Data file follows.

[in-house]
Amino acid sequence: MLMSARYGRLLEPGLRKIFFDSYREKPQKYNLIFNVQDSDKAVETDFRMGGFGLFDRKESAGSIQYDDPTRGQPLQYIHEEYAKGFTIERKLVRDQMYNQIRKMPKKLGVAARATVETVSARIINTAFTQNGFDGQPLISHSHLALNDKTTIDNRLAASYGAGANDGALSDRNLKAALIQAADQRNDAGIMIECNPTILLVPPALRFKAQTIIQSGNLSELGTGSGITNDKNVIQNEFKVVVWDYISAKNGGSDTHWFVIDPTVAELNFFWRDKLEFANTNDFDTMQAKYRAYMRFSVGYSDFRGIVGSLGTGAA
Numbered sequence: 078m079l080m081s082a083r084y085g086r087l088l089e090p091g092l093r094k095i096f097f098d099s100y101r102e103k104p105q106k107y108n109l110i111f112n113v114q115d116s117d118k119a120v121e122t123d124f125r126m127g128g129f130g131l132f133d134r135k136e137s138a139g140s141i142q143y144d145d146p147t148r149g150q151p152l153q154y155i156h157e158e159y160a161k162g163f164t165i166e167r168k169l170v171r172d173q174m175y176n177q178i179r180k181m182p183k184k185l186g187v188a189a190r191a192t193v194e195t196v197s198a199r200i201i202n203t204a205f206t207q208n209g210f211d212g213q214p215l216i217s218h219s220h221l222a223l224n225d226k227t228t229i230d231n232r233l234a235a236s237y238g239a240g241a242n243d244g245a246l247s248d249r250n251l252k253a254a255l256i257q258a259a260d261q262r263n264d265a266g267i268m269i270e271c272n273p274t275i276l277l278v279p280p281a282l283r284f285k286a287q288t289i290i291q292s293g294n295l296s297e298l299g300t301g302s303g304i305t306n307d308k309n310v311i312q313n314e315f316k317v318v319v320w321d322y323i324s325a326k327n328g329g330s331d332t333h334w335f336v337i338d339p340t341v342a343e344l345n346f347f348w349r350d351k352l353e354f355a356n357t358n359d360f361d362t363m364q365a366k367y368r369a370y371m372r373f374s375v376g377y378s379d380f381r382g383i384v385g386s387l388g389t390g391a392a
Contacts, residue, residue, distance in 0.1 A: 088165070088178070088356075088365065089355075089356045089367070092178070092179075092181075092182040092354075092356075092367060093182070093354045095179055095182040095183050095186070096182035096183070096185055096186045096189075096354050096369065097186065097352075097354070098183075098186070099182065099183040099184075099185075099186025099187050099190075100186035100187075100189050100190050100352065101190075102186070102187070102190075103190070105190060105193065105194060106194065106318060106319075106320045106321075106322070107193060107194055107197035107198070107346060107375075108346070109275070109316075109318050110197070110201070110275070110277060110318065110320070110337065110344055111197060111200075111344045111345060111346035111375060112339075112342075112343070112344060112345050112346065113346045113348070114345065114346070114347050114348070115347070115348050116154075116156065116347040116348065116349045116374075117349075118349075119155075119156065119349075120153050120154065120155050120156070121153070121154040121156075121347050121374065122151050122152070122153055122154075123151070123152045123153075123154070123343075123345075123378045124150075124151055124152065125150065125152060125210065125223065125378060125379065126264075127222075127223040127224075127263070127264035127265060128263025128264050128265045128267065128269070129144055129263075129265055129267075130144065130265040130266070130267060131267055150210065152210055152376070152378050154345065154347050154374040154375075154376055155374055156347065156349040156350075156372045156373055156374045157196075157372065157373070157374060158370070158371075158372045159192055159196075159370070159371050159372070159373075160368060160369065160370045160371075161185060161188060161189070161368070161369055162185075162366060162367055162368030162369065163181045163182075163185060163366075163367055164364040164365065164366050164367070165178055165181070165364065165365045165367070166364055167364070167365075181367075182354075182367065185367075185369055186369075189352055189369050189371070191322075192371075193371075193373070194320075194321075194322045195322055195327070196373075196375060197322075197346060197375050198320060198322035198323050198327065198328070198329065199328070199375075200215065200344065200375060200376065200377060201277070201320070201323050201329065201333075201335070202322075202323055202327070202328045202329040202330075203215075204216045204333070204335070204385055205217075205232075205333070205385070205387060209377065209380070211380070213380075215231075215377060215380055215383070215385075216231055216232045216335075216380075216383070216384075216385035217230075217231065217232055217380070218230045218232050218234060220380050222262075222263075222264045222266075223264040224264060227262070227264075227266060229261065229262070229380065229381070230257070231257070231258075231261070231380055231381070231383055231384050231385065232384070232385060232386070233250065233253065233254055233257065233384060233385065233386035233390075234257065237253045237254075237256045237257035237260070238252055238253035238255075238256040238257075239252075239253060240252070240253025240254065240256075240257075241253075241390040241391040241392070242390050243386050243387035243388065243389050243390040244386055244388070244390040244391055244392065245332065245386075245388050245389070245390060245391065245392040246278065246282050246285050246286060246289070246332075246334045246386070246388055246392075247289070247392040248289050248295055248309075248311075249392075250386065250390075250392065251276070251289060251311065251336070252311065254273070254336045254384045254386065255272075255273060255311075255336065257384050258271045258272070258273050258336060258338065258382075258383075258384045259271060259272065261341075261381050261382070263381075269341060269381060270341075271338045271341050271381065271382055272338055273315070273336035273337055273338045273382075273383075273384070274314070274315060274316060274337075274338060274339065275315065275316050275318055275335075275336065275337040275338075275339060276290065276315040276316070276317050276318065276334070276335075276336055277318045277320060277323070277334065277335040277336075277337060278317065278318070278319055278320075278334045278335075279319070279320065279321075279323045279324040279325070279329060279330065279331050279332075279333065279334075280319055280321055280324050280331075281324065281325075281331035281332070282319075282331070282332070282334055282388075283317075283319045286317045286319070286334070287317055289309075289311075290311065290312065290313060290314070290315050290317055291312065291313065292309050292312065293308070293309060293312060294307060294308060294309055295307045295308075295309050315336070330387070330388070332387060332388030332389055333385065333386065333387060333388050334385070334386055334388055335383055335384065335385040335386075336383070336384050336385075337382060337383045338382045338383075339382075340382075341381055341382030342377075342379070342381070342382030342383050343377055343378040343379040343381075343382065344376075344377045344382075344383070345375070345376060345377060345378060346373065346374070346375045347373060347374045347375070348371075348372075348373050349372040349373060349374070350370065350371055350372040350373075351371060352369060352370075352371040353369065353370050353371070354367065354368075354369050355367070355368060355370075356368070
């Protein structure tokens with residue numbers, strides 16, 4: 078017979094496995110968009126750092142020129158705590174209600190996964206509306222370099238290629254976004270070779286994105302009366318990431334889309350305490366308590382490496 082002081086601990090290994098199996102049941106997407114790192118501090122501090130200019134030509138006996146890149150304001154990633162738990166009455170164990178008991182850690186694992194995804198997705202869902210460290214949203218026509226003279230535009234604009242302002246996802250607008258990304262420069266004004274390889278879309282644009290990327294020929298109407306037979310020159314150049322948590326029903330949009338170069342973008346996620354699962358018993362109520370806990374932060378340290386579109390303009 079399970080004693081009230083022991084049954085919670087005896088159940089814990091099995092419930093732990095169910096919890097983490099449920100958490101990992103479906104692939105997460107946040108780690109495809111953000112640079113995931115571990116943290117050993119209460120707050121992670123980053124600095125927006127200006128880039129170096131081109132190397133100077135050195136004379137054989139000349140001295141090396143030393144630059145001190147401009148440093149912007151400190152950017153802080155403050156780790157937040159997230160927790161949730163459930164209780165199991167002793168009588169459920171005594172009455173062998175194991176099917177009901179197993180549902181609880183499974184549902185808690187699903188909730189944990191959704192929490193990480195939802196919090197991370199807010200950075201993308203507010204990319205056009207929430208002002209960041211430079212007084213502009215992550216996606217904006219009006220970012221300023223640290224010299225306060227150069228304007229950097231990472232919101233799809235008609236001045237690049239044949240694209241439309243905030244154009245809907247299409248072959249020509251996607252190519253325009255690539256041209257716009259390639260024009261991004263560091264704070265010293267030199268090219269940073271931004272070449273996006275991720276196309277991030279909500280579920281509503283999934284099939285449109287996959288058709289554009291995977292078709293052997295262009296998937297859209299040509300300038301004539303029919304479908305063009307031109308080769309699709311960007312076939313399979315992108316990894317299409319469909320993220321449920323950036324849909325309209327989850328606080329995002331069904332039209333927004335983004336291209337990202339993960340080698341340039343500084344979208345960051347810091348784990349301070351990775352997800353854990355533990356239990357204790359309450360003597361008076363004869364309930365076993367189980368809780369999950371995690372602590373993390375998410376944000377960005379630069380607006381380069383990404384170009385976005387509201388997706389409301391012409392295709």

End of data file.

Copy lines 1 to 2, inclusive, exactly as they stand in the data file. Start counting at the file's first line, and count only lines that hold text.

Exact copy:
[in-house]
Amino acid sequence: MLMSARYGRLLEPGLRKIFFDSYREKPQKYNLIFNVQDSDKAVETDFRMGGFGLFDRKESAGSIQYDDPTRGQPLQYIHEEYAKGFTIERKLVRDQMYNQIRKMPKKLGVAARATVETVSARIINTAFTQNGFDGQPLISHSHLALNDKTTIDNRLAASYGAGANDGALSDRNLKAALIQAADQRNDAGIMIECNPTILLVPPALRFKAQTIIQSGNLSELGTGSGITNDKNVIQNEFKVVVWDYISAKNGGSDTHWFVIDPTVAELNFFWRDKLEFANTNDFDTMQAKYRAYMRFSVGYSDFRGIVGSLGTGAA